All of this leads to what James’ rather wittily entitles, a ‘death by a thousand social comparisons.’ Western society has become unable to meet the basic archetypal needs of its citizens, and it’s done this rather paradoxically, by holding out even greater rewards to us. Those basic needs are: a) the need for status, which refers to our desire for rank, recognition, material goods, land, and law and order, and b) the need for emotional attachments, the giving and receiving of dependable care, the desire for emotional and physical contact, and altruism. What happens, then, when these needs aren’t met? James quotes a 1990 study that suggests: ‘Along one path we find persons whose intense need to be loved, highly esteemed and prized by others leaves them precariously sensitive to real or perceived slights, abandonments or withheld esteem by significant people in their lives… the second path is marked by excessive personal demands for accomplishment and control accompanied by relentless self-criticism, guilt and sensed inferiority when one fails to satisfy personal standards.’ Well, I certainly know people like this, one of whom, on bad days, might be me. I know reading books of psychology extends the same identificatory dangers as reading the medical dictionary, but I also see this kind of responsive behaviour in just about every student I’ve taught for the past 10 years. I would certainly agree that there is a strong collective trend towards this kind of quotidian unhappiness.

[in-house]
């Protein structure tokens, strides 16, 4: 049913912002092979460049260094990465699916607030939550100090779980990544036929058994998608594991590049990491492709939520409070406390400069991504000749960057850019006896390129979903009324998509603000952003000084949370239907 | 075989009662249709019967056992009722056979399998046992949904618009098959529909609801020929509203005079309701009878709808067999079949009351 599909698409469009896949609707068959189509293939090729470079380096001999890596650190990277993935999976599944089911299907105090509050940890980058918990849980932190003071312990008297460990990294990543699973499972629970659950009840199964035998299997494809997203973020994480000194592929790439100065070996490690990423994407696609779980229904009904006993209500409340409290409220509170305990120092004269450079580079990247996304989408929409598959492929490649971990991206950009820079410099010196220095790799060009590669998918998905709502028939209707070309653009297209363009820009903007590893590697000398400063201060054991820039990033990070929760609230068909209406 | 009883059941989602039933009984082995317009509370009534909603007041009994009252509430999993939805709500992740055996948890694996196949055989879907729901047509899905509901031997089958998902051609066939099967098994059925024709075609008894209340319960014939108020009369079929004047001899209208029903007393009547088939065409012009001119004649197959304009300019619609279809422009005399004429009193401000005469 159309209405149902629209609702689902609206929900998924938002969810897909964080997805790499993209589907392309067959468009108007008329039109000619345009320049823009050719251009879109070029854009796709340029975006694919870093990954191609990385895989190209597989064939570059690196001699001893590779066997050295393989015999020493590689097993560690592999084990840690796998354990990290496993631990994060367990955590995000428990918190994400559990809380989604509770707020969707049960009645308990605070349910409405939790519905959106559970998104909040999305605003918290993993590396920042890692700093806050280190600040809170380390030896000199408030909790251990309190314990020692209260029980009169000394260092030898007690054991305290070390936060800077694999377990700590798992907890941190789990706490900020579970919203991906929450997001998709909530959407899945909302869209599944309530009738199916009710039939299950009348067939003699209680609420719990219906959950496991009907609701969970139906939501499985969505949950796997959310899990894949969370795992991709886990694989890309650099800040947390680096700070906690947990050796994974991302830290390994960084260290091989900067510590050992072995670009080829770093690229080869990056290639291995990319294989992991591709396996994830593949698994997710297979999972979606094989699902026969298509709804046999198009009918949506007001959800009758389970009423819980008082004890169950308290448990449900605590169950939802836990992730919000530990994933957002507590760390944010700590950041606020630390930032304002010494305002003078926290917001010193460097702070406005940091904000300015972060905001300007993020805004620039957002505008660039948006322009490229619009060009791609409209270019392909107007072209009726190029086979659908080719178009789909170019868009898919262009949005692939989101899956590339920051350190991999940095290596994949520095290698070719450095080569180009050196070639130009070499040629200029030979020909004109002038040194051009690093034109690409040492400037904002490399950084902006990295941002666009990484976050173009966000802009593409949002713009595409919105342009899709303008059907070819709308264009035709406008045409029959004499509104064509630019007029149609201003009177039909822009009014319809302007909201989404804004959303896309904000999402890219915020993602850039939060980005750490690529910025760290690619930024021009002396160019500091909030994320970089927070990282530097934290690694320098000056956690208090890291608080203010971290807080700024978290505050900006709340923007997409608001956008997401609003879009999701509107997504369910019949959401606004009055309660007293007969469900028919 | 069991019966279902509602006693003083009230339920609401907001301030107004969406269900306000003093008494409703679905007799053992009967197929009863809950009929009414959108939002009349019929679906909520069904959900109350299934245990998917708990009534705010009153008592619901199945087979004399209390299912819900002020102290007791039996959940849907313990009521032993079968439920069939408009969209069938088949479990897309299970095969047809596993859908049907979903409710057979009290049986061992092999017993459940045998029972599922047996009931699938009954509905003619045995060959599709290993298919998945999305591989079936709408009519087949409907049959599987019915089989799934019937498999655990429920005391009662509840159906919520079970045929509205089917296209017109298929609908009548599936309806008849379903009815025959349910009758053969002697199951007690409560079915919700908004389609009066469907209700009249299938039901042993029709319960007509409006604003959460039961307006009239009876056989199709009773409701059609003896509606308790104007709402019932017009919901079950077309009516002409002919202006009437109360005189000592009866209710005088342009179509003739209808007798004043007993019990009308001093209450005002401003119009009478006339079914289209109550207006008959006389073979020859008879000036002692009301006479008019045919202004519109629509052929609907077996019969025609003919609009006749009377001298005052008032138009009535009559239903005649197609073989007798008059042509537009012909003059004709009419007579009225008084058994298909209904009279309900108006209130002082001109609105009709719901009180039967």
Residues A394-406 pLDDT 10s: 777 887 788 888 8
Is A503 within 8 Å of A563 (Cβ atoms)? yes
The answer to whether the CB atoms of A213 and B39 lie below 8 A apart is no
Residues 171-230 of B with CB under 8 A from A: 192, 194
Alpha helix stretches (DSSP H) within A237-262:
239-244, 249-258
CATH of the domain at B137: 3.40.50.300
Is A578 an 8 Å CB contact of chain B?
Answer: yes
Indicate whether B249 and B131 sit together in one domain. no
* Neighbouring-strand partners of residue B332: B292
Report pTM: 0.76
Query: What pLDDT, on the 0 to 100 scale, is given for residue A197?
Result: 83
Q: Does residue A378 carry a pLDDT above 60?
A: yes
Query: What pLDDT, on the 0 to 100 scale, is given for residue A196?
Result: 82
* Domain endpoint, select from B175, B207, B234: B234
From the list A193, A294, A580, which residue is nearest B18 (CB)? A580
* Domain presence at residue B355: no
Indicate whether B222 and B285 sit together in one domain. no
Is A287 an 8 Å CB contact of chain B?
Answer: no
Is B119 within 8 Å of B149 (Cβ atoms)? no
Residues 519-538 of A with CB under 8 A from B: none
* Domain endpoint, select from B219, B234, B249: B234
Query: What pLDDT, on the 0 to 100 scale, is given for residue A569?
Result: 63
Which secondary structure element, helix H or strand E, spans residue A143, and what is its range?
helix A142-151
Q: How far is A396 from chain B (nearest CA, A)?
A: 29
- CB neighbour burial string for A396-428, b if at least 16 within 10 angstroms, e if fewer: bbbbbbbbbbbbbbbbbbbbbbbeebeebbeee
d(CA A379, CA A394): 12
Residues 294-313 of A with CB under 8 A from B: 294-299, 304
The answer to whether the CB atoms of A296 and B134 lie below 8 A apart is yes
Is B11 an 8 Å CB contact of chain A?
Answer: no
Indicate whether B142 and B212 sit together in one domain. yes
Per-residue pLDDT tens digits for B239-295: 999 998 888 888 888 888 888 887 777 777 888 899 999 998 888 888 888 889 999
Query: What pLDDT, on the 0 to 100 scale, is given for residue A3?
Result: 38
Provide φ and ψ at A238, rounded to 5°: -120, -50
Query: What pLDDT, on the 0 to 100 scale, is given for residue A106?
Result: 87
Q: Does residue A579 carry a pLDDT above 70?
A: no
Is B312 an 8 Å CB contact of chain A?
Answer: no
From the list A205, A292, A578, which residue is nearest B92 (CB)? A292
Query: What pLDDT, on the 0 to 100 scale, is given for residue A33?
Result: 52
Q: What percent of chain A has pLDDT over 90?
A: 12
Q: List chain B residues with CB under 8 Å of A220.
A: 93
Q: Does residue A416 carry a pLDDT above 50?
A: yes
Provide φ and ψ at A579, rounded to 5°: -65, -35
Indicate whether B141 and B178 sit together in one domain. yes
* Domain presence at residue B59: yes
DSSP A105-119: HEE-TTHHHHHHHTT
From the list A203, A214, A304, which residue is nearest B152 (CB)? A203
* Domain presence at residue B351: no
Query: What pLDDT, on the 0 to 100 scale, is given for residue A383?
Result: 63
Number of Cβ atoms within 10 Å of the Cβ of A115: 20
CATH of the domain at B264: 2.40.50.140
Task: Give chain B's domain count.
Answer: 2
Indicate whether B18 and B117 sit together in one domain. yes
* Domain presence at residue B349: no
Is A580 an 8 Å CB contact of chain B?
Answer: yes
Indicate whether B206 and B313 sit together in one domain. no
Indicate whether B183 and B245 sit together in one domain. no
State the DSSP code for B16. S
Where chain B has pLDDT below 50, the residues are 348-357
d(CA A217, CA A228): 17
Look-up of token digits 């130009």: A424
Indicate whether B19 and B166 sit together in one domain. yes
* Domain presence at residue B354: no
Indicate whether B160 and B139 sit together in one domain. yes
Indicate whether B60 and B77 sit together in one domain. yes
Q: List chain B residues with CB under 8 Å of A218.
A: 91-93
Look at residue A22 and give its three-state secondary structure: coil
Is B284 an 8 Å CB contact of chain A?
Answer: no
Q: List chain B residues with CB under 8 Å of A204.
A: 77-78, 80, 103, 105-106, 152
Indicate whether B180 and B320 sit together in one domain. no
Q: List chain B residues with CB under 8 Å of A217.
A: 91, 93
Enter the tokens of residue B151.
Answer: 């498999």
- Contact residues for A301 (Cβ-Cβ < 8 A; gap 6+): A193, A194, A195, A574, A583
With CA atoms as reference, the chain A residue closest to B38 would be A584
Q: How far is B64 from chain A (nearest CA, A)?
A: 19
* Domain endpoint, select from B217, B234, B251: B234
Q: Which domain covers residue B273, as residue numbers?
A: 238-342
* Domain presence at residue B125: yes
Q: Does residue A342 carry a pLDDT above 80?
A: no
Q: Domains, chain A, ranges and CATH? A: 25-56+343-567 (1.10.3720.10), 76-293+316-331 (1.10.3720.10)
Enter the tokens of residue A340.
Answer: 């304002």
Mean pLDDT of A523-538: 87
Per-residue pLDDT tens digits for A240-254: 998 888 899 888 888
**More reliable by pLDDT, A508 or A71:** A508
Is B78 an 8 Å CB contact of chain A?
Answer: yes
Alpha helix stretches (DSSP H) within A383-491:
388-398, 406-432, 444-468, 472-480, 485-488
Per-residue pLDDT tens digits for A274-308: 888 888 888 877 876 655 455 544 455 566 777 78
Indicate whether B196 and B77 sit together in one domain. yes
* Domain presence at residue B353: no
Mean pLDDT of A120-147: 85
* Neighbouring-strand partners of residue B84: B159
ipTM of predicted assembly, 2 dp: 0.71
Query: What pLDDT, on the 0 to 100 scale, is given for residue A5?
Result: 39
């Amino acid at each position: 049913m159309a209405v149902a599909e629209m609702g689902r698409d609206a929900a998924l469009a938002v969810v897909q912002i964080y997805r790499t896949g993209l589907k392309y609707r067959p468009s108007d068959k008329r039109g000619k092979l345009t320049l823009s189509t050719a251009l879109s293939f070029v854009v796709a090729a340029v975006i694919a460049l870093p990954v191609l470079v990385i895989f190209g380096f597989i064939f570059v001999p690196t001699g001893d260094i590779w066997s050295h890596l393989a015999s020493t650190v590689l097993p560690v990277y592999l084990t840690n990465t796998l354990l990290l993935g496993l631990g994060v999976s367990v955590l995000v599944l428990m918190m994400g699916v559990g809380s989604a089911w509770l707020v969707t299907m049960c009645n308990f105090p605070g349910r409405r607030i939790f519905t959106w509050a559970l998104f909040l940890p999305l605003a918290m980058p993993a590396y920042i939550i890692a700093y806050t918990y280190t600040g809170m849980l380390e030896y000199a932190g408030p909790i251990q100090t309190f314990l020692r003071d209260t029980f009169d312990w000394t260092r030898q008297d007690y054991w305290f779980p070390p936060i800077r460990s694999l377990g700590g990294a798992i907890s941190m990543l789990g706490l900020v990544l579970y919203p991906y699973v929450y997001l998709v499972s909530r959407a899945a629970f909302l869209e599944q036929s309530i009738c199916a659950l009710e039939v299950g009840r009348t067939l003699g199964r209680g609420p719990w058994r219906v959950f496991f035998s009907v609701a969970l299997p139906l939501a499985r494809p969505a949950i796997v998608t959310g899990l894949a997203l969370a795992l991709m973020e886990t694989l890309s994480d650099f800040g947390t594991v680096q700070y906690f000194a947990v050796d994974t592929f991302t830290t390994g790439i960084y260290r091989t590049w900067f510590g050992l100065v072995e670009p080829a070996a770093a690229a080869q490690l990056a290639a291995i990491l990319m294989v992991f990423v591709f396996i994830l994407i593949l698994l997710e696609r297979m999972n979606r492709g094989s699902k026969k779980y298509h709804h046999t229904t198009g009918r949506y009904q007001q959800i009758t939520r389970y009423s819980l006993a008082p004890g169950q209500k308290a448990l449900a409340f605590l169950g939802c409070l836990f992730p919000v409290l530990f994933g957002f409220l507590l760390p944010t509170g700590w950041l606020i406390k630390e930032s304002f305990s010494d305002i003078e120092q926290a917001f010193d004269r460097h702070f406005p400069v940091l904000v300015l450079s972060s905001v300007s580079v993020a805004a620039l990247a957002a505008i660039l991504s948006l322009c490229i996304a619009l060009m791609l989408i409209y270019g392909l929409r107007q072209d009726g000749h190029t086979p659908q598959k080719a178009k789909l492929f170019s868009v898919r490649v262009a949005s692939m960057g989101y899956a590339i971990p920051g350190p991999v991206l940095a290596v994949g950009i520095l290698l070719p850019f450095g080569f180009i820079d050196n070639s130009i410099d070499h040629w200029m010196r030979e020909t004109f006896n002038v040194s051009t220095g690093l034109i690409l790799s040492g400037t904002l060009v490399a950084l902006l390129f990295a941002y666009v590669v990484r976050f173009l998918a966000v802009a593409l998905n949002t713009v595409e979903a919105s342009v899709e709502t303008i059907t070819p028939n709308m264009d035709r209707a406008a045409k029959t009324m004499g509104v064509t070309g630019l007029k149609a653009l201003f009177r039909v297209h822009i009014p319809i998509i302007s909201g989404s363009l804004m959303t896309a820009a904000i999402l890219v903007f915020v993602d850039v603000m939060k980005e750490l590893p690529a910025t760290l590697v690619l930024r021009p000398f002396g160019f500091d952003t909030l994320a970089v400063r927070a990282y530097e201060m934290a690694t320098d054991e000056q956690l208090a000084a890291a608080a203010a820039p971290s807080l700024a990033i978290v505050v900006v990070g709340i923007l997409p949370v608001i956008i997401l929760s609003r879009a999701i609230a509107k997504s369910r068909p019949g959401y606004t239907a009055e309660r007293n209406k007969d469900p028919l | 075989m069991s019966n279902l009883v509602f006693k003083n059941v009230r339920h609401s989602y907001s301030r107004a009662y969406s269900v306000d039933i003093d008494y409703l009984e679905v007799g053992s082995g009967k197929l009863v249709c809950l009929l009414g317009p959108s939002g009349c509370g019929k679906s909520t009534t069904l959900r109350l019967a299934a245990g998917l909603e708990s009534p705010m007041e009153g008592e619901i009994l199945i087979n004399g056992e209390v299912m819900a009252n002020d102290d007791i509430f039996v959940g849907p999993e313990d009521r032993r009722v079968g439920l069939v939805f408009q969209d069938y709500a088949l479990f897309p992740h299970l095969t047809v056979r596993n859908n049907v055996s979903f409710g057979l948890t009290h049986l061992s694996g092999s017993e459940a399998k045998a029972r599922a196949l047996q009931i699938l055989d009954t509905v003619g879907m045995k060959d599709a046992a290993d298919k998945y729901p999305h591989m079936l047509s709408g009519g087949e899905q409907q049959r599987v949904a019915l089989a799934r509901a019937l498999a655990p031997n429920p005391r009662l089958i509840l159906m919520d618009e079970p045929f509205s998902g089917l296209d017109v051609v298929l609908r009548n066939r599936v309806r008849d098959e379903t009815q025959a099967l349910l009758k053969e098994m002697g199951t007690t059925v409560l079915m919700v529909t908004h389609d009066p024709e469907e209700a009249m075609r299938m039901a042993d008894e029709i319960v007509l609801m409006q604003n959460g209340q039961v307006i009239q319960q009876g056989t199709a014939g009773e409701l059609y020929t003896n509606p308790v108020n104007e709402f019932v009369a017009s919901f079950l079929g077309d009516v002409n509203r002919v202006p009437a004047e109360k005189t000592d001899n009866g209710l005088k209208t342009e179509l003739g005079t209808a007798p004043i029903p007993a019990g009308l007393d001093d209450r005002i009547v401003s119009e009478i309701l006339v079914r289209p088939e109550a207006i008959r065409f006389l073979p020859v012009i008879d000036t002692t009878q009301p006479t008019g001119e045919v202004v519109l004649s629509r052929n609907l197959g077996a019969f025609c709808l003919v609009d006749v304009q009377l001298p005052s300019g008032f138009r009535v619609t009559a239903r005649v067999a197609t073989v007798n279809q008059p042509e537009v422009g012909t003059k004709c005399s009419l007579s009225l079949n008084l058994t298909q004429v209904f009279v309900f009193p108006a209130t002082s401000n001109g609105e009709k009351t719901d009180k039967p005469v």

How does this come about in everyday life? Well, in order to maintain self-esteem we are continually comparing ourselves to others. In order to remain perky, however, we may have to juggle a bit creatively with the facts. So, on one of the many days when I tear my hair and wail ‘But I’ll never write with the same verve and panache as Bikeprof!’ or ‘But I’ll never write with the same gentle, silky warmth of Bloglily!’ I can use discounts to make myself feel better, remembering that Bikeprof is older and more experienced than me (by about a whole year, I think, and I’ll bet that was a particularly long year, too), or I can move the goalposts about and consider that since I only have one child, whilst Bloglily has three, I don’t require the same majestic levels of tolerance and patience and wisdom that she does. Or I can go the whole hog and look up a few techno-geek sites and feel better about myself by comparison. Effectively, James says that the basic requirement of firm mental health is that we live in a world of comforting illusions. With a tweak here and a nip there, we can keep our self-esteem bowling along on the sunny side of the street. However, some people suffer from maladaptive social comparison, which means they have a disastrous tendency to work these kind of comparisons the other way round, discounting reasons why people might praise or enjoy what they do, and yet recognising all the reasons why others might not be performing so well. This frame of mind can snowball, leading the individual to be excessively upset by negative feedback, inclined to generalise widely from a single unfavourable comparison, and more prone to self-doubt because of all that unhappy, comparative introspection. It doesn’t take all that much to tip a potentially happy illusionist into a ‘depressive realist’ who has suddenly become uncertain about who they are, what group they belong to, and what is expected of them. And our high pressure, high aspiration, highly critical society has plenty of influence to exert on the least crack in our mental façade.